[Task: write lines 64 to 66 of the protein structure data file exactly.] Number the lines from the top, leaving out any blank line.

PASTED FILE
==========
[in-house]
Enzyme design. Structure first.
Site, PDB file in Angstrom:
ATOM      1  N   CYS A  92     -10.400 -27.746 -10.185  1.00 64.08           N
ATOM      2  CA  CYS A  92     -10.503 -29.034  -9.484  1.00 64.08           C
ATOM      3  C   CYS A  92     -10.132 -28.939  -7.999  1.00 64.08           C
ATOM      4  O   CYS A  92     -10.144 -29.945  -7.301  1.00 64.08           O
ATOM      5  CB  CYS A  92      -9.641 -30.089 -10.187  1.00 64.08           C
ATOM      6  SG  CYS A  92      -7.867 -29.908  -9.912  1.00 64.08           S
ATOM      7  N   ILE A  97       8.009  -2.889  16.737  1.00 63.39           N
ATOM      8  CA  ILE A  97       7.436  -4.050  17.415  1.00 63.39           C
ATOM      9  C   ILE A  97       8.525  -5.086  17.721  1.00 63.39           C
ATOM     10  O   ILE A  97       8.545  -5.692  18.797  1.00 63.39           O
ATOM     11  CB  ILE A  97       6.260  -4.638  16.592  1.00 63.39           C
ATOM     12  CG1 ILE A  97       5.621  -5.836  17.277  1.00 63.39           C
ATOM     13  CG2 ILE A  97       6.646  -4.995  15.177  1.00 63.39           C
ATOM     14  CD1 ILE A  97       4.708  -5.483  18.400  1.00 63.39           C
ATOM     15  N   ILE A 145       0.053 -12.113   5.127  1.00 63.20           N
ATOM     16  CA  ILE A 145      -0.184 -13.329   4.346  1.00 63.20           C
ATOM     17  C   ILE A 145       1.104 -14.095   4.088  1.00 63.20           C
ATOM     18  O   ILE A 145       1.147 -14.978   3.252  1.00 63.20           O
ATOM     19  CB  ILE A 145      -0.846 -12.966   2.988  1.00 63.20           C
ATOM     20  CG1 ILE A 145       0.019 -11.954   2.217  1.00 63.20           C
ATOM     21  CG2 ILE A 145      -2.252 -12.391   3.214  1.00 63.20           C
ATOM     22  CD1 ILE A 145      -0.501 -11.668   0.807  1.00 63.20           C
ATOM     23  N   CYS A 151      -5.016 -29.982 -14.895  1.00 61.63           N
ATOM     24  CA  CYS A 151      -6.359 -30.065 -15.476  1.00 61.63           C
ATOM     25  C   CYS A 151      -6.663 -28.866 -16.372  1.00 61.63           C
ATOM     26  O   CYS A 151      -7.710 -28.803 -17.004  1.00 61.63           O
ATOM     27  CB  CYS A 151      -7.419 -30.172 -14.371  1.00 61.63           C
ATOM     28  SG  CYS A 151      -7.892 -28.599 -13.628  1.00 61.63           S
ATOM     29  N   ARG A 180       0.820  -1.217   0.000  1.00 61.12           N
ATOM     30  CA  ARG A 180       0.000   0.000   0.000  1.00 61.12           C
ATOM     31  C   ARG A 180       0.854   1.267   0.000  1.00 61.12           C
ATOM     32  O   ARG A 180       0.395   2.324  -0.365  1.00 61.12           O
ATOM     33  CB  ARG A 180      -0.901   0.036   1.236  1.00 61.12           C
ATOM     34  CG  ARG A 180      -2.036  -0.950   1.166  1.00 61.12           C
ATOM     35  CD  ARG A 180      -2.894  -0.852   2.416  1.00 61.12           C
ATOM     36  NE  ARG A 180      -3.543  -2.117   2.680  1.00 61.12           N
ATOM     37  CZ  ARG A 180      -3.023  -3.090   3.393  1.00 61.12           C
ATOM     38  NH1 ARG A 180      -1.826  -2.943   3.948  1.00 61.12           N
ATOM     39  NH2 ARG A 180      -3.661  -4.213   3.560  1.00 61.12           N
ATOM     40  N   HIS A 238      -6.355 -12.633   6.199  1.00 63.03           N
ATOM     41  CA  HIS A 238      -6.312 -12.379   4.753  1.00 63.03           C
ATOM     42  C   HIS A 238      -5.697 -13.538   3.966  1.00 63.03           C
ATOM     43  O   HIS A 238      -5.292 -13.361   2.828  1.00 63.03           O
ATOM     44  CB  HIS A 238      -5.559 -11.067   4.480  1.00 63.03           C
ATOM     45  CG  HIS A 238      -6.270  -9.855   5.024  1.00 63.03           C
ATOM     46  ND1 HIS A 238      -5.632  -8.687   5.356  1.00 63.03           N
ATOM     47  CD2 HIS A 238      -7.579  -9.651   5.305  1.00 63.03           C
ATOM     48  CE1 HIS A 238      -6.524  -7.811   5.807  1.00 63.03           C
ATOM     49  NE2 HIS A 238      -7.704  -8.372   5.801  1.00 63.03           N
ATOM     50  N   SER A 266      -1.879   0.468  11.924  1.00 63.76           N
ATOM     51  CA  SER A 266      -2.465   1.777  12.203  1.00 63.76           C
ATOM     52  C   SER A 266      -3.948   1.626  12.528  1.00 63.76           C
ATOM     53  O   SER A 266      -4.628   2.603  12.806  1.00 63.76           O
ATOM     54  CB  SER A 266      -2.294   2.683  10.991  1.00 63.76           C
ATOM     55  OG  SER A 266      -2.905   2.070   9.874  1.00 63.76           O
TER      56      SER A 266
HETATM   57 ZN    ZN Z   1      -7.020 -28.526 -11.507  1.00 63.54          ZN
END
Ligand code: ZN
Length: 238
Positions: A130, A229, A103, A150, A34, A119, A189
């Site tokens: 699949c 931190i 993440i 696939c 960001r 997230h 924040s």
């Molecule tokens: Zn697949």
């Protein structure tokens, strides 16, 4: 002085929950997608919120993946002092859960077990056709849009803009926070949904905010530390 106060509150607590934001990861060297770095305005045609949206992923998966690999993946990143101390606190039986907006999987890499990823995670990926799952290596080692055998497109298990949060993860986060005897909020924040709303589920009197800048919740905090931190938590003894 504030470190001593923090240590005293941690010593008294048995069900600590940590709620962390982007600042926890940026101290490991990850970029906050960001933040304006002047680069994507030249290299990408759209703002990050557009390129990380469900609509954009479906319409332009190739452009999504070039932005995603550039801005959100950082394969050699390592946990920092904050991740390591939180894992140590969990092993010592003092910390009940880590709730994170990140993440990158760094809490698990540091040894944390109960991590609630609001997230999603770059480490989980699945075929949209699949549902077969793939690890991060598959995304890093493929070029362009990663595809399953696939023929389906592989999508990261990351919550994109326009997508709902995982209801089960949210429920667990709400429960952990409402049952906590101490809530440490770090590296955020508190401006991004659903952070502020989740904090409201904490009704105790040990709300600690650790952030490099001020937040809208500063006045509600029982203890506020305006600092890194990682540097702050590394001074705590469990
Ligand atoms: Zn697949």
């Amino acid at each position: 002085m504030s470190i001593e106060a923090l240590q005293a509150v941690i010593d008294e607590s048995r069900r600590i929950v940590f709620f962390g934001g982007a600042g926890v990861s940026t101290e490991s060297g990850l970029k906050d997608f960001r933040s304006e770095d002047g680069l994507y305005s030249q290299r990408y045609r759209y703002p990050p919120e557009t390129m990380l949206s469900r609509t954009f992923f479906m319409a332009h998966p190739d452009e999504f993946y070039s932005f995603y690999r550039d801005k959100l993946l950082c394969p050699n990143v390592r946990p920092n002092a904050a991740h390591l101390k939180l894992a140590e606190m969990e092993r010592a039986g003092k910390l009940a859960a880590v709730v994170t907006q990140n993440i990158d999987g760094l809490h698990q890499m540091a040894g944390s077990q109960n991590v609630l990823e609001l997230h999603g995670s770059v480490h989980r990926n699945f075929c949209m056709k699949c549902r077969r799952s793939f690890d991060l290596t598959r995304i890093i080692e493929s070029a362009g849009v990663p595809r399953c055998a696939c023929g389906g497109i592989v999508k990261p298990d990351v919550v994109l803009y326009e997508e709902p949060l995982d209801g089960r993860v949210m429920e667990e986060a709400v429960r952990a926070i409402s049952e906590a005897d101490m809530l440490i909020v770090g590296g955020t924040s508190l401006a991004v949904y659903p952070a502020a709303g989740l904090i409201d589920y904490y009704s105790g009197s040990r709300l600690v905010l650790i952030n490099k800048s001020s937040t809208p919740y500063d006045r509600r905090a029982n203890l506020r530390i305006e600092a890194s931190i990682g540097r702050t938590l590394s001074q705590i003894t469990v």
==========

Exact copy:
Positions: A130, A229, A103, A150, A34, A119, A189
């Site tokens: 699949c 931190i 993440i 696939c 960001r 997230h 924040s």
């Molecule tokens: Zn697949």